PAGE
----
Frankenstein made interactive. It even sounds awesome. Turning Mary Shelley’s classic monster novel into an app with spooky sounds and cool features would make for an instant hit, especially for those trying to get kids to read the book for a school assignment. Profile Book and software/design studio Inkle certainly aimed for a runaway success with that “Frankenstein” by Dave Morris. Sadly, it is not all that we’d hoped for.
The heart of the iPhone/iPad app ($4.99) is a retelling of the Gothic classic by Dave Morris, reshaping and refocusing the narrative with a different tone and perspective. We were expecting an interactive version of the original, resulting in some initial confusion. Morris basically rewrites the novel. He adds in random details such as, “I will need glasses as thick as Robespierre’s before I’m finished.” While we understand Morris’ intentions of making the narrative easier to latch onto, the weird references turn us off and would probably do the same for anyone who has read the classic.
The text is a bit more modern, which might be helpful for readers who have trouble getting into the original, dense text, but that’s part of what makes the classic so intriguing. By attempting to modernize “Frankenstein,” it loses its allure. If there was an explanatory prologue outlining what the book included we would have had a greater chance of liking it. Stumbling through the app trying to figure out what exactly we were reading wasn’t exactly fun, and it kind of just wasted our time.
The book opens with the option to read Morris’ text or skip to the extras. It takes a lot of work to get to the actual text: Users must tap Read then Part One followed by Chapter One. The extensive table of contents makes it easy to skip around, though, once you’ve gotten through the text. For example, you can go back to Chapter 2 if you’ve already read through it but you can’t skip to Chapter 3 if you’re only on Chapter 1.
A cool feature of the text is that the pages look like they’re stitched together, just like Frankenstein’s monster’s skin. And throughout the entire app, there’s a creepy, graphic background with depictions of skeletons, anatomical drawings and scissors.
The app attempted to bring back the “chose-your-own-adventure” motif, as you scroll down to keep reading and are presented with multiple options of how you want the story to go. For example, when Frankenstein brings his monster to life for the first time, you have the option to either choose “He? It. A monster.” or “Speak to him.” Each choice will take you to a different narrative.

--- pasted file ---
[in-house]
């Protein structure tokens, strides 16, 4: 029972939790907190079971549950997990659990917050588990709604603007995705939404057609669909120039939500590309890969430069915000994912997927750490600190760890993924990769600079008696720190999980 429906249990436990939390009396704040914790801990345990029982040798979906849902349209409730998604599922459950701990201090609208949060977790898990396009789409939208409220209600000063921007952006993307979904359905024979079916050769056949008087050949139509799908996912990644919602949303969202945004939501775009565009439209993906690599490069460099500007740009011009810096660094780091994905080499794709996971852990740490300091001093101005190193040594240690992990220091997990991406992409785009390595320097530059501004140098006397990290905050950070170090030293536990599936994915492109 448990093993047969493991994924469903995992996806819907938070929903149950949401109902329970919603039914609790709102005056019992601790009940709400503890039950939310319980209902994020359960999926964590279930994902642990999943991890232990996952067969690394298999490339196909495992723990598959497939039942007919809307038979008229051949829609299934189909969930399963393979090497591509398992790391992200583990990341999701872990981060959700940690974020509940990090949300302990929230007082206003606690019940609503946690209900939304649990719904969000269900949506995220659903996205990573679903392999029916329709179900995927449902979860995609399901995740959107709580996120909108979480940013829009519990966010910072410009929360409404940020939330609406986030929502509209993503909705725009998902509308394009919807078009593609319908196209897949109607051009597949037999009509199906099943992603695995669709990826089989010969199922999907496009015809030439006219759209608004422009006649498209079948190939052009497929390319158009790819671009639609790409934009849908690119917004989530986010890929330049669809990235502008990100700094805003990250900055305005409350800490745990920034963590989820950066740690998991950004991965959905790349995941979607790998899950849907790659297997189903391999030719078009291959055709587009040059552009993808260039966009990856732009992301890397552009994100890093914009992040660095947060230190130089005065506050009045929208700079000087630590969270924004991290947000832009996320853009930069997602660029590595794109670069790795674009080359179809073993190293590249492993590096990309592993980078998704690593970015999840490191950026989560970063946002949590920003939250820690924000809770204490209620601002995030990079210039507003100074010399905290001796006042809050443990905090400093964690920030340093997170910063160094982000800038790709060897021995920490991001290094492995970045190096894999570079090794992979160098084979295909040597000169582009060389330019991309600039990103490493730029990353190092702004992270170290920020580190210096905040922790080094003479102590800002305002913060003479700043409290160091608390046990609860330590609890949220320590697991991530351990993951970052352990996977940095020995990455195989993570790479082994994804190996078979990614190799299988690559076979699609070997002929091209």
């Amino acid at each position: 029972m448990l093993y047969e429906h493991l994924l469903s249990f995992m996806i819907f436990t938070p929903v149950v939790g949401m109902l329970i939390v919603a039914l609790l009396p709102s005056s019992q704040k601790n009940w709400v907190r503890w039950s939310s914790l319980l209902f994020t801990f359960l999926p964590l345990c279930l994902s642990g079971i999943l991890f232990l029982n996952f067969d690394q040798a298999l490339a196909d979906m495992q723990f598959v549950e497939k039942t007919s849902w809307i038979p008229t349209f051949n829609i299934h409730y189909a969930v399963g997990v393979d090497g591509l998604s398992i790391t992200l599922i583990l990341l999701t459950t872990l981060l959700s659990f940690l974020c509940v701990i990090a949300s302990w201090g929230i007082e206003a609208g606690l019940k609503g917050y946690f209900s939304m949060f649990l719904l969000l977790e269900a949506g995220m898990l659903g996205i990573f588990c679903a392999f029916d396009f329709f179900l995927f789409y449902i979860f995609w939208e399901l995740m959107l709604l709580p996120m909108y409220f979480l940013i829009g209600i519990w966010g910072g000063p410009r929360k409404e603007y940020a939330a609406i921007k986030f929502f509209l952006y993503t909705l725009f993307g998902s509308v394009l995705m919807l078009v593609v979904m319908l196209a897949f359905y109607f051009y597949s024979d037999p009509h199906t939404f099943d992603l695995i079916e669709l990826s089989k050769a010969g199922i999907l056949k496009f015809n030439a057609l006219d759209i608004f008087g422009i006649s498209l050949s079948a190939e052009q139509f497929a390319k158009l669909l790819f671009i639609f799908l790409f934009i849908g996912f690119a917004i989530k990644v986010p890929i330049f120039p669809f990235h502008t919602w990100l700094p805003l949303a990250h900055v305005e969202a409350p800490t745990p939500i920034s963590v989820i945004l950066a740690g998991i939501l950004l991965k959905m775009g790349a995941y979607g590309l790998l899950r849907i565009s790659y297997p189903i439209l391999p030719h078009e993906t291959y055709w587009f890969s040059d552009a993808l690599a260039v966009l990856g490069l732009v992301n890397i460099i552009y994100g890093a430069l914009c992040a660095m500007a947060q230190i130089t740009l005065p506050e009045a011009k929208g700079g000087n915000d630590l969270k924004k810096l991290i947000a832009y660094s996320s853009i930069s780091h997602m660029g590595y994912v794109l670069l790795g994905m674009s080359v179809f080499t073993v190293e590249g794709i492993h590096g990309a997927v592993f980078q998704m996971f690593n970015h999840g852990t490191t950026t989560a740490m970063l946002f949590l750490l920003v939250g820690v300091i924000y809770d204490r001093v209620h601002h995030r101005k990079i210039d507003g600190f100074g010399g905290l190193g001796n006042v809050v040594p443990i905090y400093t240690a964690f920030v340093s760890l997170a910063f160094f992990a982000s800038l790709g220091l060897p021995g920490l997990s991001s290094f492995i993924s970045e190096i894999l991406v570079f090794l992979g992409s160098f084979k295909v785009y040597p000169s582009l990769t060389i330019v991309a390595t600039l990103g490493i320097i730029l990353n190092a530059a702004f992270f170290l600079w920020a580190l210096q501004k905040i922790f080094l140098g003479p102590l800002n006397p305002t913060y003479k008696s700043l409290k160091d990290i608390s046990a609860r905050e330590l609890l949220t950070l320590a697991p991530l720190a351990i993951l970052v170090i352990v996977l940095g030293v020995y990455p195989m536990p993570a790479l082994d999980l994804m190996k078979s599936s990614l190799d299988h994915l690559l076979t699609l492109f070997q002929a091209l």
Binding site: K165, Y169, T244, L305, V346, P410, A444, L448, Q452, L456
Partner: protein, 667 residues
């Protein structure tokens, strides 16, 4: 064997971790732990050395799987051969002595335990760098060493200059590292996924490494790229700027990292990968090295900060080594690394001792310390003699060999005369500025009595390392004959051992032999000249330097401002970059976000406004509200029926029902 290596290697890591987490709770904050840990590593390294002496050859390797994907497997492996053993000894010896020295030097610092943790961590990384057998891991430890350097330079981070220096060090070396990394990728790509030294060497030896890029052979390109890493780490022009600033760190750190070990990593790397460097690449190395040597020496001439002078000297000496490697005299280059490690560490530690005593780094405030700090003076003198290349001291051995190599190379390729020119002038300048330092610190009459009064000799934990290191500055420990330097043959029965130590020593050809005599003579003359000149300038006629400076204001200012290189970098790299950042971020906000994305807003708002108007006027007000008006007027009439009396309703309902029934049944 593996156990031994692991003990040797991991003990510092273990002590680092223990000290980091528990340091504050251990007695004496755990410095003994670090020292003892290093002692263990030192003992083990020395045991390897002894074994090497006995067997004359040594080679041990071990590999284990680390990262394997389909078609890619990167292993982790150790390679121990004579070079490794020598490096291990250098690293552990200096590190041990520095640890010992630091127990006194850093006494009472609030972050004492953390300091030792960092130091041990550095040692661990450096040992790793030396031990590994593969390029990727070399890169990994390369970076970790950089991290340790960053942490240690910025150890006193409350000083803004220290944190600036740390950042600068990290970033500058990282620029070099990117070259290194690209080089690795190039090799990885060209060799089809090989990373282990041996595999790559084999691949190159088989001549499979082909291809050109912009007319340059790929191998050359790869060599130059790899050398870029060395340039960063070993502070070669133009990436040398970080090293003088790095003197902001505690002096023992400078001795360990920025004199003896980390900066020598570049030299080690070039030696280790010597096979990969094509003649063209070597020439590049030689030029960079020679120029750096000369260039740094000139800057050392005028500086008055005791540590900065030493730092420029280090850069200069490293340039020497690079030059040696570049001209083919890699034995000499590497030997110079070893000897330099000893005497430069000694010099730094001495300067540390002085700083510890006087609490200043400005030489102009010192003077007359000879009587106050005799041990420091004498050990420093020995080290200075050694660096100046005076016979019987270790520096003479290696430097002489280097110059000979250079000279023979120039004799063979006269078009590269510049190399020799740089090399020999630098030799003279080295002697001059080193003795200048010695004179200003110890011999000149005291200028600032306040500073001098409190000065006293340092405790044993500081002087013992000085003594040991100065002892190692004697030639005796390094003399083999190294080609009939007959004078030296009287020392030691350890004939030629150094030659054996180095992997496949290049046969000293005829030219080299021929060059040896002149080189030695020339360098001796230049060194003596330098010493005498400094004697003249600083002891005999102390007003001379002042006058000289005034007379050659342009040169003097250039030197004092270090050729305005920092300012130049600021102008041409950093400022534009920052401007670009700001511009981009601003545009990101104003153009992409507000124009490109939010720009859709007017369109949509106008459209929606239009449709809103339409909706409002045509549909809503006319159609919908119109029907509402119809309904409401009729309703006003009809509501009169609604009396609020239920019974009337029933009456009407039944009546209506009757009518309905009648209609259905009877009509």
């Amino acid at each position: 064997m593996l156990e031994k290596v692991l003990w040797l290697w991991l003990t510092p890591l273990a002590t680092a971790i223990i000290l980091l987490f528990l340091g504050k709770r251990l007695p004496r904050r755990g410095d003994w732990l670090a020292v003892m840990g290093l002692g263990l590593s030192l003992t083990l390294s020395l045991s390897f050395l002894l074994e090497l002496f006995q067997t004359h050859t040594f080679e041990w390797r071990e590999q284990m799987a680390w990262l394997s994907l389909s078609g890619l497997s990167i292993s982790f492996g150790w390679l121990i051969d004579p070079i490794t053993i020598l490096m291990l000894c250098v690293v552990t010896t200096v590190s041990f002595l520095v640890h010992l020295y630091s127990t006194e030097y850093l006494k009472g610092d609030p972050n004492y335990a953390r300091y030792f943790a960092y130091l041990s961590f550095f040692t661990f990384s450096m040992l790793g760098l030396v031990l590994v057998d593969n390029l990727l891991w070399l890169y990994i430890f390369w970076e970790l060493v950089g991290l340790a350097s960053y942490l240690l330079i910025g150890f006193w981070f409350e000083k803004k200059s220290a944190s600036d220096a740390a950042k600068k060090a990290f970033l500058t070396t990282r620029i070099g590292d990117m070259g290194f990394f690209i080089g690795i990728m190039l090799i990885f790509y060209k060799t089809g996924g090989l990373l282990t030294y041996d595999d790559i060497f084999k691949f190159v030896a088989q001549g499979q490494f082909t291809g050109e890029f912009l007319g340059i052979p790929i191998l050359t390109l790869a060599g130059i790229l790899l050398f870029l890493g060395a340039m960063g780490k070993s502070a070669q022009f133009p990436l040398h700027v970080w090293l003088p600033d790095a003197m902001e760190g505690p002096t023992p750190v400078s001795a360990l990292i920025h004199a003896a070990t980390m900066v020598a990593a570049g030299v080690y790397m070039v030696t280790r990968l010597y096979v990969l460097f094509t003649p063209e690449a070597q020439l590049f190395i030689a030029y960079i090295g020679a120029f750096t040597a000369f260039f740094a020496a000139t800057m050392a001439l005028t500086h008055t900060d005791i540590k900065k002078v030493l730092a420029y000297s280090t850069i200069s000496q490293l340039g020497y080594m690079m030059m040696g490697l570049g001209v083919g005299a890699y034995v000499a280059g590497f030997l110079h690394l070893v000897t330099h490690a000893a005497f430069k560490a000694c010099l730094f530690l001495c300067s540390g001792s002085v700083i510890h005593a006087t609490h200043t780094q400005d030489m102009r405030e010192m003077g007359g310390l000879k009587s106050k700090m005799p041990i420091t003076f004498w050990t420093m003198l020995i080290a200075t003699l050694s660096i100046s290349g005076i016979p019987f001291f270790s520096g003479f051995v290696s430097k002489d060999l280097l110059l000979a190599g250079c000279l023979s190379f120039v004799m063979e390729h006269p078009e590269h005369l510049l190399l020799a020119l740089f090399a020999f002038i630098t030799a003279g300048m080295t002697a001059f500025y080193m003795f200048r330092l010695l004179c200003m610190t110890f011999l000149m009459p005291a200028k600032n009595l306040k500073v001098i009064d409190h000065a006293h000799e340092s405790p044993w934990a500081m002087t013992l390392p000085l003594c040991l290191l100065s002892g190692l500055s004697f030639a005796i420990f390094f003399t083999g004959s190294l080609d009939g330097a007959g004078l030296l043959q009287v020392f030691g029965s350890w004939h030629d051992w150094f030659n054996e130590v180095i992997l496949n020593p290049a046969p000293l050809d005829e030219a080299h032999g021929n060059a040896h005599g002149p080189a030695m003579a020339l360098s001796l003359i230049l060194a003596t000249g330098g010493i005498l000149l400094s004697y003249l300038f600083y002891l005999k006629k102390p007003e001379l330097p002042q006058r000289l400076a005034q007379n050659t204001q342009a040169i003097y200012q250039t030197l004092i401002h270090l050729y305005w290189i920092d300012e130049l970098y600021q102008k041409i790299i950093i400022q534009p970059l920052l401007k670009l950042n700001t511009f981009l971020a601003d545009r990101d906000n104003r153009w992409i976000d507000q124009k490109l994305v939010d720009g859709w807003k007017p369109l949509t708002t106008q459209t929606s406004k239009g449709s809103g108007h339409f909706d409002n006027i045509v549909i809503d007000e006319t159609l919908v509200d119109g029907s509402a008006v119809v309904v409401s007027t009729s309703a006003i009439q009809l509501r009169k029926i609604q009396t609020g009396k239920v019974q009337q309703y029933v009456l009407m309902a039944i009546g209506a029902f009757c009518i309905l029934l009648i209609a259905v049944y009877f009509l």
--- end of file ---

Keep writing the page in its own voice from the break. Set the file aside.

It’s a neat idea in theory, but it didn’t really work well with this book. For one, there were so many different ways to twist the plot that Morris added in events that never happened in the classic, and that confuses things further for devotees of the original.
In the Table of Contents, users have the option to reset the book, which comes in handy if you want to go back and click on the options you didn’t choose the first time around. But it may be difficult for users to remember just which options they chose, and we wish there was the option to go back step by step and read all of the options before choosing the next.
We were also disappointed that there wasn’t creepy background noise or audio of any kind. It would have been cool to hear the monster scream or other scary sounds as the narrative took place.
We were looking forward to the Extras of the book, where publishers often shower the reader with cool features that you can’t get in the print edition. We were happy to see that Mary Shelley’s classic was an extra feature, so readers can get a taste of the real thing.
Others extras include Anatomical Drawings, which are illustrations of real drawings from anatomical books dating from the 16th to 19th centuries. This was a cool feature with ample illustrations, but we’re not sure why they didn’t just go straight to the source and include the actual drawings. This extra also features illustrated maps of where Frankenstein travels in the novel, but again, we wish they included the actual maps instead of illustrations.
That’s about the extent of cool extras – the others are Acknowledgements, About the Author, More from Dave Morris, More from inkle, More from Profile Books, Dedication and Credits and Legal.
While we really wanted to like “Frankenstein” by Dave Morris, it just didn’t add up to the cool app we had hoped. Twisting the plot and rich text of a Gothic classic into a modern, lackluster book, we wished the Extras made up for what the interactive book lacked. But the Extras were somewhat vapid, too, not providing enough authentic material. In our opinion, why fix what isn’t broken?